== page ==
The notation does not represent the result required: it is the attempt to realize the written specifications in practice which is designed to produced the desired (but unnotatable) sound-quality. [ ] A “beautiful”, cultivated performance is not to be aimed at: some of the combinations of actions specified are in any case either not literally realizable (certain dynamic groupings) or else lead to complex, partly unpredictable results. Nevertheless, a valid realization will only result from a rigorous attempt to reproduce as many of the textural details as possible: such divergencies and “impurities” as then follow from the natural limitations of the instrument itself may be taken to be the intentions of the composer.
This is a fascinating approach to engraving musical ideas — and one that has had a considerable impact on classical music’s trajectory. In other words, Ferneyhough is saying: “try to play these signifiers; I know that you will fail, but, in failing, you will make a signified that I would like to happen”. It is complex, evidently, and has a foot in both prescriptive and descriptive worlds. That the signifiers on the page are more indicative of an attempt than of a result is a fundamentally prescriptive quality; however, the music’s extraordinarily challenging nature, made of building blocks of familiar signs that one could find in Brahms or Beethoven, gives it a trying-and-failing quality that is not wholly prescriptive. Its “unrealizability” situates it as a description of a prescription, so to speak. The gap between signifier and signified is made intractable by the limits of instrumental technique, and the crux of the interpretation is therefore the craftsmanship involved in navigating this gap.
Entirely prescriptive notation is rare, but it exists. Trevor Baca’s music is similarly complex (his solo flute piece Sekka took several weeks of deciphering at the coffee shop before I even entered the practice room), because it exists almost entirely in the prescriptive realm of notation. In Sekka, one line shows the notes to make with you fingers on the flute, one shows the variety of fricative phonemes to sustain with your breath, one shows the azimuth rotation of the flute on your face (like blowing into a wine bottle pointed down at your stomach vs. held up like a trumpet), and one shows the lateral angle of the flute relative to your face (like a door on its hinges). The player has to read and follow all four lines at once, and each line provides right-or-wrong, quantifiable information. The result is a beautiful collage of breath, air, and half-pitched melodies, like listening to someone singing to oneself from far away.
There are also wholly prescriptive pieces that are very easy to decipher. Their signifiers suggest what to do with our instruments or bodies (not what signified sounds should be perceived from the audience)—but they exist in a much more simplified realm of notation. Here’s the score to a piece by the Irish composer Jennifer Walshe, reprinted on the popular new music site “I care if you listen”. A mix of performance art and improvisation, it seeks to situate a player’s intuition and moment-to-moment impulses by establishing skateboarding culture and the physics of skateboarding as the field of play for an improvised series of pitches and sounds.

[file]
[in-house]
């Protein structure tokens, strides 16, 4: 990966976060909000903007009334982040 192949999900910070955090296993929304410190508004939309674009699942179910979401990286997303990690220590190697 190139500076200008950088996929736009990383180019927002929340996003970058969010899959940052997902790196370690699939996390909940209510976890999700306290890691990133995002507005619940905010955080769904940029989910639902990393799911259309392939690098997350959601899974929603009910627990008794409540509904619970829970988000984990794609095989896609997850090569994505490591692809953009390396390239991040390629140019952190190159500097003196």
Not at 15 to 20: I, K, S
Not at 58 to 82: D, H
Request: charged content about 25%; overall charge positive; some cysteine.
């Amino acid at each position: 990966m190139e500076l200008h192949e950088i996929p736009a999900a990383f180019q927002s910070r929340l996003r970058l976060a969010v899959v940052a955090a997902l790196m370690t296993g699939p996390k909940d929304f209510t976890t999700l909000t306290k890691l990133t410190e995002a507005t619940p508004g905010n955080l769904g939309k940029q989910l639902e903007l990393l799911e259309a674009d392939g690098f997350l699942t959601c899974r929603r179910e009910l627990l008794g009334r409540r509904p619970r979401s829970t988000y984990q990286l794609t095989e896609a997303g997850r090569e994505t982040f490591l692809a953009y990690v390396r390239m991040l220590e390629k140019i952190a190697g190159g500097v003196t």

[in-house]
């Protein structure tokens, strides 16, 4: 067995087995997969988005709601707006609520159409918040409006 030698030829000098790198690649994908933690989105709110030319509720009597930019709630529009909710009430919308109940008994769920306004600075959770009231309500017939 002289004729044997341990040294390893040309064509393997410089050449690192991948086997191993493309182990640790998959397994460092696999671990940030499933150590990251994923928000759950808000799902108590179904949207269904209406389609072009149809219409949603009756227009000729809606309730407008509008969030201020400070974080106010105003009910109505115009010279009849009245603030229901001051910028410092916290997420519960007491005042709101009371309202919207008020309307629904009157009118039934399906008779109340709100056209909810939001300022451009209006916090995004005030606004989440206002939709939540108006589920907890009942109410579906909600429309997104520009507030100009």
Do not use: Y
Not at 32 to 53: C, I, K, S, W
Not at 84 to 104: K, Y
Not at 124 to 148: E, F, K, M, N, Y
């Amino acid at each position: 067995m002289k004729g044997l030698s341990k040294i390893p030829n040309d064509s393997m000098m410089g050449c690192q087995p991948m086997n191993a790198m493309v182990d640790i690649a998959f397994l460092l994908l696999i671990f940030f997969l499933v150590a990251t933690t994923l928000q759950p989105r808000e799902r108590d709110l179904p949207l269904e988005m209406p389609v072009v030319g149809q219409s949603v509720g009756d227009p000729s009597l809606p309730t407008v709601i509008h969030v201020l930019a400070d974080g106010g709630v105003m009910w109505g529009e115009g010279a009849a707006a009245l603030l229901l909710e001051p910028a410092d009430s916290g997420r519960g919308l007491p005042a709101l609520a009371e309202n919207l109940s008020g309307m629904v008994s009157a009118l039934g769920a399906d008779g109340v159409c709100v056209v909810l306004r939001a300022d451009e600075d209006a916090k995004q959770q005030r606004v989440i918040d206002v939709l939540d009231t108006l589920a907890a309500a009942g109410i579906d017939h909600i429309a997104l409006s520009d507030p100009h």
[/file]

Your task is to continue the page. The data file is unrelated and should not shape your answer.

Swinging around to a completely different quadrant on our roughly-hewn map of recent music, let’s consider the music of John Luther Adams, an American composer who has lived much of his life in Alaska. His recent work, The Light Within, contains not a single indication of how loud to play, and is primarily composed of long tones in simple rhythms. It’s a work for a handful of winds, strings, percussion, and an electronic soundtrack that plays back on loudspeakers. The surface-level detail of its signifiers can be understood immediately by a player, but it takes careful practice to stay focused, blend together with the electronic part, and maintain a beautiful, in-tune sound. The absence of markings is not accidental or apathetic; the craftsmanship is in the proportioning of harmonic changes and perceptual effect of such an understated musical signified. Furthermore, the composer told me, once, that he likes the musicians to have options of interpretation that he himself has not considered, and for this reason he leaves his notation very general as a matter of principle; it is a description, but one that gives the performers a heavy hand in deciding what the notation signifies.
The final example is a recent piece by Eric Wubbels, called Katachi I+II. The musical ideas range the gamut from simple to complex, but the signifiers remains considerably more descriptive than prescriptive throughout. It was written for his ensemble, Wet Ink, with whom he works closely all the time, and for which he is the pianist. As such, even complex extended instrumental techniques are written in a kind of “shorthand” that doesn’t often do more than suggest the desired effect. For instance, he indicates to the flutist and saxophonist to “overblow” normal fingerings—making varieties of louder, more strident sounds—by showing a horizontal line in different positions within a box. This notation is non-standard and is not explained anywhere in the score. This less prescriptive approach evidently engenders a lot of questions and possibility for confusion (the saxophonist and I could only guess what the line in the box meant), but encourages a certain “group sensitivity” to sonic exploration; to make sense of it all, one must pay careful attention to the performance of one’s colleagues. Ultimately, any discrepancies or questions may be solved, in the short-term, by consulting Wet Ink’s (evidently definitive) recording of the piece.
This has been a whirwind tour of some approaches by living composers to their music-making, and some of the considerations to which they must respond. Stay tuned for part II in a few weeks, which shall take this foundation forward to answering some questions about musical interpretation, the role of the performer, and the place of conservatory training to navigate it all.
 Adorno, Theodor. Quasi una Fantasia; essays on Modern Music. Trans. Rodney Livingstone. Verso Classics; New York, 2002.
 Ferneyhough, Brian. Cassandra’s Dream Song. Edition Peters; New York, 1975.
 Adams, John Luther. The Light Within. Taiga Press; Fairbanks, AK, 2009.